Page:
Enjoy the holidays without the weight gain
On average, most persons gain weight during the holiday season. While the weight gain may not be dramatic, research shows it tends to stick and accumulate over the years. In fact, recent studies have revealed that more than 2.1 billion people - close to 30 per cent of the global population - are overweight or obese.
But you don't have to succumb to this progression, say experts. You can enjoy the holidays without packing on the pounds. And with just a week to go for the major feasting, it's best to prepare yourself from now to resist the urge to binge on all the goodies.
"There are strategic steps to avoid holiday weight gain, while still enjoying friends, family and holiday feasts," noted Sonya Angelone, registered dietitian, nutritionist and Academy of Nutrition and Dietetics spokesperson.
In preparation for a big holiday party or feast, do not skip meals throughout the day. This may result in overeating later.
"It is especially important to eat breakfast," said Angelone. "High-fibre and high-protein foods like oatmeal and milk with fruit, an egg and spinach on whole wheat toast, Greek yogurt with nuts, or nut butter on a whole-wheat English muffin will satisfy hunger without a lot of calories."
Holiday meals tend to be large or buffet-style and include second and third helpings. While most people wouldn't consider eating an entire cake, a common mistake is eating large portions of foods that are perceived as healthful.
To avoid overeating, use a smaller plate. It will encourage proper portion sizes. Choose lean-cut meats, mix your stuffing with vegetables and halve the sugar requirements for the ingredients, adding some dried fruits instead.
Start by filling your plate with vegetables and salad before going to the entrées and desserts. Research shows eating a salad before your meal can help you eat fewer calories overall. Eat slowly and savour every bite. Before you go back for seconds, wait 10 minutes to see if you really are still hungry.
Including nutrient-rich foods in your diet is great, just remember that these foods have calories, too, which should be taken into consideration with your whole eating plan. "And be mindful of alcohol consumption. Drink more water throughout a party to quench your thirst and help keep the cocktails to one or two," stated Angelone.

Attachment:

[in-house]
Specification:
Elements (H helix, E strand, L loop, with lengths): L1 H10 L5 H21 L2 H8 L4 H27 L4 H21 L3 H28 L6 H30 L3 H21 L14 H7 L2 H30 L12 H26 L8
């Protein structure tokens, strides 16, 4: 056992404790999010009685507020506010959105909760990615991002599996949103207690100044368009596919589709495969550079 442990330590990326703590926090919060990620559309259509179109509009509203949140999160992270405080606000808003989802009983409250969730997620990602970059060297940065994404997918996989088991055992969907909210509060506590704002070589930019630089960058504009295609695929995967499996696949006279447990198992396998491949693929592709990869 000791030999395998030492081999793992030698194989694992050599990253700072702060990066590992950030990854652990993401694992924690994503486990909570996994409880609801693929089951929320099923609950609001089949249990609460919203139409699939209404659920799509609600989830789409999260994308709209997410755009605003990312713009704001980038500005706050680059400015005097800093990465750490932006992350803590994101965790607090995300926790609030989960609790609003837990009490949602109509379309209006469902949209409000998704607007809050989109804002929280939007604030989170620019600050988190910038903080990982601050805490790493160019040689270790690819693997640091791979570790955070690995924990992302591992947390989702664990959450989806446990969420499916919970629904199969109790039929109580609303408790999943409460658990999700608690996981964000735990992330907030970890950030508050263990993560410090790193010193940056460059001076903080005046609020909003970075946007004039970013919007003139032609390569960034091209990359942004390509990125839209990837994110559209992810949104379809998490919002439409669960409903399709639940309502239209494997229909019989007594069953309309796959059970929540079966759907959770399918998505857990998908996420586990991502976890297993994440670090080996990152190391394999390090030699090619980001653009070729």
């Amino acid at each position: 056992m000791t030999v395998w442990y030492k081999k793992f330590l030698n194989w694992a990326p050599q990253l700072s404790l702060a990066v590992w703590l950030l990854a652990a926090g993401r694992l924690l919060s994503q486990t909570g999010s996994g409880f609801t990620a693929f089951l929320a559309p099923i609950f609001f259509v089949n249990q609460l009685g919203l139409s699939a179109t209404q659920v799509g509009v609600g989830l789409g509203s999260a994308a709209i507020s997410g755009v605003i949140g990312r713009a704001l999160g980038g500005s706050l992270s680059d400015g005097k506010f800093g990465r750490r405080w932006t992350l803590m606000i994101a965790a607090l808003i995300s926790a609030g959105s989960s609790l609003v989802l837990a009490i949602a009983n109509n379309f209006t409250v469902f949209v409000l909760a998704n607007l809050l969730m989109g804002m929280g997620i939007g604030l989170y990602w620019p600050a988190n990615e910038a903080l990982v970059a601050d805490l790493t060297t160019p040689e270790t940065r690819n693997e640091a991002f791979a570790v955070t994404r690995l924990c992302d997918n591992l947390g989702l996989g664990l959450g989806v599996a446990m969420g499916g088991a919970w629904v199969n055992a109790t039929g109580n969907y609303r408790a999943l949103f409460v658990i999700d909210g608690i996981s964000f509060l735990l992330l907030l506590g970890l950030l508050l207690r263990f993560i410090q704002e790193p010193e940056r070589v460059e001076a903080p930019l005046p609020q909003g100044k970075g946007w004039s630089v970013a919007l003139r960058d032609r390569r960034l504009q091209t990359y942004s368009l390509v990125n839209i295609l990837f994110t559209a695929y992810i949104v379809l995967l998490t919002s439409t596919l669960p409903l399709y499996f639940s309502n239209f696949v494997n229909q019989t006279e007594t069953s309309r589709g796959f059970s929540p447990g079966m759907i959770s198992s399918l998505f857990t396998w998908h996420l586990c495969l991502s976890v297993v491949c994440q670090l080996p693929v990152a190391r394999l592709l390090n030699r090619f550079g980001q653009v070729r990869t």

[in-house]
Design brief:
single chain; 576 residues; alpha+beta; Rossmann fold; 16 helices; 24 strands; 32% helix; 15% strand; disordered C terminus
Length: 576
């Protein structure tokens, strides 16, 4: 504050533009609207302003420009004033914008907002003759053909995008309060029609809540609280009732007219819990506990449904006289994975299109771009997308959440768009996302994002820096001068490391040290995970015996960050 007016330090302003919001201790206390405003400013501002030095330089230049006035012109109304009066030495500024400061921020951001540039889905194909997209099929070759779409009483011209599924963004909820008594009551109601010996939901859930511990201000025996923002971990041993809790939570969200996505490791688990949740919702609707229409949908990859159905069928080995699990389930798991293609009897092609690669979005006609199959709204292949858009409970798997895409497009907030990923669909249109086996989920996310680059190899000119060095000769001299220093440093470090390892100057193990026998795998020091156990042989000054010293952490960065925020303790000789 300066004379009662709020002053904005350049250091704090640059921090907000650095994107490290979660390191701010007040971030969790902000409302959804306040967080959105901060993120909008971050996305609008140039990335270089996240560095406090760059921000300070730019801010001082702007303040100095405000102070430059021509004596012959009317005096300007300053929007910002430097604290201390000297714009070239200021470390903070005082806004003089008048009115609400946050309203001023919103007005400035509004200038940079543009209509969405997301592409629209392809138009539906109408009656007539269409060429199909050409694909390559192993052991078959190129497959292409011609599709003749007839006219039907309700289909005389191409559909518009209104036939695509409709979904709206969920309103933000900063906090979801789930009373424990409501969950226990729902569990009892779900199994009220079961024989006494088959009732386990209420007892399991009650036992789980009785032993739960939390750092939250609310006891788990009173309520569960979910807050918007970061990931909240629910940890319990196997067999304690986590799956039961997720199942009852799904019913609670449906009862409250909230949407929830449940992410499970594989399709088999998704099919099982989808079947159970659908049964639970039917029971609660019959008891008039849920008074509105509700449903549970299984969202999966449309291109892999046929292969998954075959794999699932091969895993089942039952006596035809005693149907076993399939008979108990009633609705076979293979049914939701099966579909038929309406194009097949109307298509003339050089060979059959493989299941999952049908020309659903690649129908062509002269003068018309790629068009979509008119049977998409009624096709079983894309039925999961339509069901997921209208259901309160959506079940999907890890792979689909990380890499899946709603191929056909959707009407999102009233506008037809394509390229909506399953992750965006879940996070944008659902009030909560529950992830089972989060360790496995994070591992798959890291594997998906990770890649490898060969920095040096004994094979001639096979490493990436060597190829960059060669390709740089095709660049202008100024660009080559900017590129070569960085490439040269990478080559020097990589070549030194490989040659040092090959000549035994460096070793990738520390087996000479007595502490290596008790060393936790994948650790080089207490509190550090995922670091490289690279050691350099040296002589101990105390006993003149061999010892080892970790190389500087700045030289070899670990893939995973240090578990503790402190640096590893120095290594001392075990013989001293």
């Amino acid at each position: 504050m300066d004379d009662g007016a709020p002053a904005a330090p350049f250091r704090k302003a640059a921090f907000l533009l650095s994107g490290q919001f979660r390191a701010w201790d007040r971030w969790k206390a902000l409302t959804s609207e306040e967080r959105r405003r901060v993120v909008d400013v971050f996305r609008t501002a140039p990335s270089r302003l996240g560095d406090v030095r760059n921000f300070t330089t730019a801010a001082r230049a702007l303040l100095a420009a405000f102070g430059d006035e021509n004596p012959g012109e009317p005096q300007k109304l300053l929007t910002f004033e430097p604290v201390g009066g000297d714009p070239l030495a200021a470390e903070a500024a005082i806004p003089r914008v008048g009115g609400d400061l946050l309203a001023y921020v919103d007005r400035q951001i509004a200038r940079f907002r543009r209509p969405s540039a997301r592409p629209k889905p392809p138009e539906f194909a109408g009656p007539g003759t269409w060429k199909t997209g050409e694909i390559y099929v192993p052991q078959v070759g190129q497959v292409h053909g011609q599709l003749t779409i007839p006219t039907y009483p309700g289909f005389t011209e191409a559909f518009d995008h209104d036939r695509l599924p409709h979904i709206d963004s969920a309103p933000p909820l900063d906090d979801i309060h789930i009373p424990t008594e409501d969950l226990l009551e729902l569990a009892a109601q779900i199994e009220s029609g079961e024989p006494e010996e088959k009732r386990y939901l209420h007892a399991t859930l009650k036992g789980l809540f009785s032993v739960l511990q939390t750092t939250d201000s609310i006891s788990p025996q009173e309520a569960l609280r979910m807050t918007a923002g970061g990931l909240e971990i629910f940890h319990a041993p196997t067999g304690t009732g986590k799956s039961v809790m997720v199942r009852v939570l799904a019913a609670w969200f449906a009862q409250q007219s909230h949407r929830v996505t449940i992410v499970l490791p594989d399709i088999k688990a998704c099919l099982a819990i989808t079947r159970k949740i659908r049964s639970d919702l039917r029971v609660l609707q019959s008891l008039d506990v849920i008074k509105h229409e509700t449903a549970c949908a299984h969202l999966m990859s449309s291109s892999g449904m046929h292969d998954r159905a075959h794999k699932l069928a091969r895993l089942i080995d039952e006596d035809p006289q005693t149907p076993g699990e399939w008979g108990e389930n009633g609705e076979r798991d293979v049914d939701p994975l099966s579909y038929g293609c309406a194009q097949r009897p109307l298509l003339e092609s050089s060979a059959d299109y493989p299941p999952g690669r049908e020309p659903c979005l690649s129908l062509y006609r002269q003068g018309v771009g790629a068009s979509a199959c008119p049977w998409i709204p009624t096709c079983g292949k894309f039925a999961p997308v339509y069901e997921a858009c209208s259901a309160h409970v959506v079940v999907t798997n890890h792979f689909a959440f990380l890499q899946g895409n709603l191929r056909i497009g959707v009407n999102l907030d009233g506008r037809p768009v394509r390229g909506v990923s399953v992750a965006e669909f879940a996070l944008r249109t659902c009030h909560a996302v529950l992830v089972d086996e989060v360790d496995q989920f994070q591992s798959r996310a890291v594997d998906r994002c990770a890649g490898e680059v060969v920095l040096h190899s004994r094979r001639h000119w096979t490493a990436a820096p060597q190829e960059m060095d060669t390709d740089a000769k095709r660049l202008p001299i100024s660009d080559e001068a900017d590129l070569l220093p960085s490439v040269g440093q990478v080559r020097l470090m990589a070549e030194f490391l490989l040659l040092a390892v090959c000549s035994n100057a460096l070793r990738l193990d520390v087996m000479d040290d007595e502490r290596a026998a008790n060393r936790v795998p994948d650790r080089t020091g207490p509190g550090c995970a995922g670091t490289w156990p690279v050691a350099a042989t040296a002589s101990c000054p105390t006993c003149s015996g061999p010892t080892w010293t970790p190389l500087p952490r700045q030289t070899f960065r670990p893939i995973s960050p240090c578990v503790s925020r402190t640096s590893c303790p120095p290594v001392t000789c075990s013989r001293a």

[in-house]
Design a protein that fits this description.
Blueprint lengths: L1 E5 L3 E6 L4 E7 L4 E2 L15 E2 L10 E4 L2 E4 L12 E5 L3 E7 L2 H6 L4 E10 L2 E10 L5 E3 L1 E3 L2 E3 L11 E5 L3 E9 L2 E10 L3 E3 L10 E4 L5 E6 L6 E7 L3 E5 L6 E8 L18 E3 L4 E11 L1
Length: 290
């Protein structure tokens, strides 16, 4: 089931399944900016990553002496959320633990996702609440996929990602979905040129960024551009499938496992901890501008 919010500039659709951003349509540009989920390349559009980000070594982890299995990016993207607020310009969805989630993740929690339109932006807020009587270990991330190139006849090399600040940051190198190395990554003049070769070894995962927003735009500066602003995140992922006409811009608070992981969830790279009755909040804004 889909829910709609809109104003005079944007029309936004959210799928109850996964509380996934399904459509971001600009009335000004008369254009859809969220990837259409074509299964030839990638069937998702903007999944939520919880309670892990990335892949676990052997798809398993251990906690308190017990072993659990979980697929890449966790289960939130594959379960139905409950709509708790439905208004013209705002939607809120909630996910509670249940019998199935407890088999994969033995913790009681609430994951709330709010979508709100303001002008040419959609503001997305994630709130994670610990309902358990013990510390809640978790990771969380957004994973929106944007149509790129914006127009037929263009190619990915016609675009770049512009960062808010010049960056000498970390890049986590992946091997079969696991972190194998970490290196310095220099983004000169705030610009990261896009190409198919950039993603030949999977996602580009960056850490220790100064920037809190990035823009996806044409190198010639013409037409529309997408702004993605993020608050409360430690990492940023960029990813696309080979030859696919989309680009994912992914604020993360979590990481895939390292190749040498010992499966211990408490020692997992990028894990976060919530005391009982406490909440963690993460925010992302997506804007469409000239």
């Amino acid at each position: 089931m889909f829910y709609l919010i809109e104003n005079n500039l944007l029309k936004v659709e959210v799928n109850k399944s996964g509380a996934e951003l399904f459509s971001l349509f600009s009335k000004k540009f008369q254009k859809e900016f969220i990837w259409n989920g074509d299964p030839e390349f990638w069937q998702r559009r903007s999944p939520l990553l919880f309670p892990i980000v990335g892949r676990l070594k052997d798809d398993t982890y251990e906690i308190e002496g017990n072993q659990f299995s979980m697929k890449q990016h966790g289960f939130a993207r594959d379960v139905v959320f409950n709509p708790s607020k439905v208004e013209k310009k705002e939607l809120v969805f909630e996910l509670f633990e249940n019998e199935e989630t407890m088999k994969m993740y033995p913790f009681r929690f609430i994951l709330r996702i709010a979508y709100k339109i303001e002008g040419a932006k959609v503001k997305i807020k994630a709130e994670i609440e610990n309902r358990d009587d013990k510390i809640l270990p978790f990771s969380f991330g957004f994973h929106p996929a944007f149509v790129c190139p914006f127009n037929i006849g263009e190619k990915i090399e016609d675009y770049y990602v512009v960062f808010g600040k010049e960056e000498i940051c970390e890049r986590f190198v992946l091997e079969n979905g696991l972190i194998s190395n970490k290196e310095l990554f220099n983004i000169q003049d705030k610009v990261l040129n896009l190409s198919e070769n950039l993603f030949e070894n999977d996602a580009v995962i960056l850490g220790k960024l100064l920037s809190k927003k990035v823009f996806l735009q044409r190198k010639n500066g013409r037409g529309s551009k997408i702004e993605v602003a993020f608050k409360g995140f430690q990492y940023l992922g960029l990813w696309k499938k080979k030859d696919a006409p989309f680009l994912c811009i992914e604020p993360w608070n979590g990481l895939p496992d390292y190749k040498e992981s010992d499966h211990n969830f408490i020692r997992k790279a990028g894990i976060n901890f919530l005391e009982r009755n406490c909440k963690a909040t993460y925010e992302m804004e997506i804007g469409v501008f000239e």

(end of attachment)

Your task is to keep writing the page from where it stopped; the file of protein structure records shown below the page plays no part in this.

don't pig out
Don't go to the dinner or party starving or everything is going to look enticing to you and you will surely pig out. You may also end up drinking alcohol on an empty stomach, which will have a really negative effect you don't want. Make sure you've had some water and something to eat at least an hour before you head out.
Remember, alcohol is calorie-dense, so too much of it will pack on the pounds, which you don't want. Knowing your limitations and sticking to it is very important. Equally important is knowing the alcoholic content of each liquor you plan to consume. Weekly alcohol consumption should be no more than 21 units of alcohol for a mature male and 14 units for a mature female, which would be equivalent to about two glasses of red or white wine five times a week or two beers five times a week.
Remember to include at least 30 minutes of physical activity into your day to promote health during the holidays — and be sure to involve the whole family. The holiday is no excuse to skip working out. Exercising is about you taking care of your health and body, and nothing should come between that. Exercise is also a great stress buster, and given how stressful holiday preparations can get, make sure you still set aside that minimum 30 minutes a day to get the heart pumping and the sweat glands bursting.
For more healthy holiday tips and information, consult a registered dietitian nutritionist.
Having healthful eating and exercise plans for holiday meals will help ensure success throughout the season and all year long.
Above all else, do enjoy the holidays, ensuring it is a pleasant, memorable experience with family, friends as you indulge in all the wonderful festivities that come with this time of year.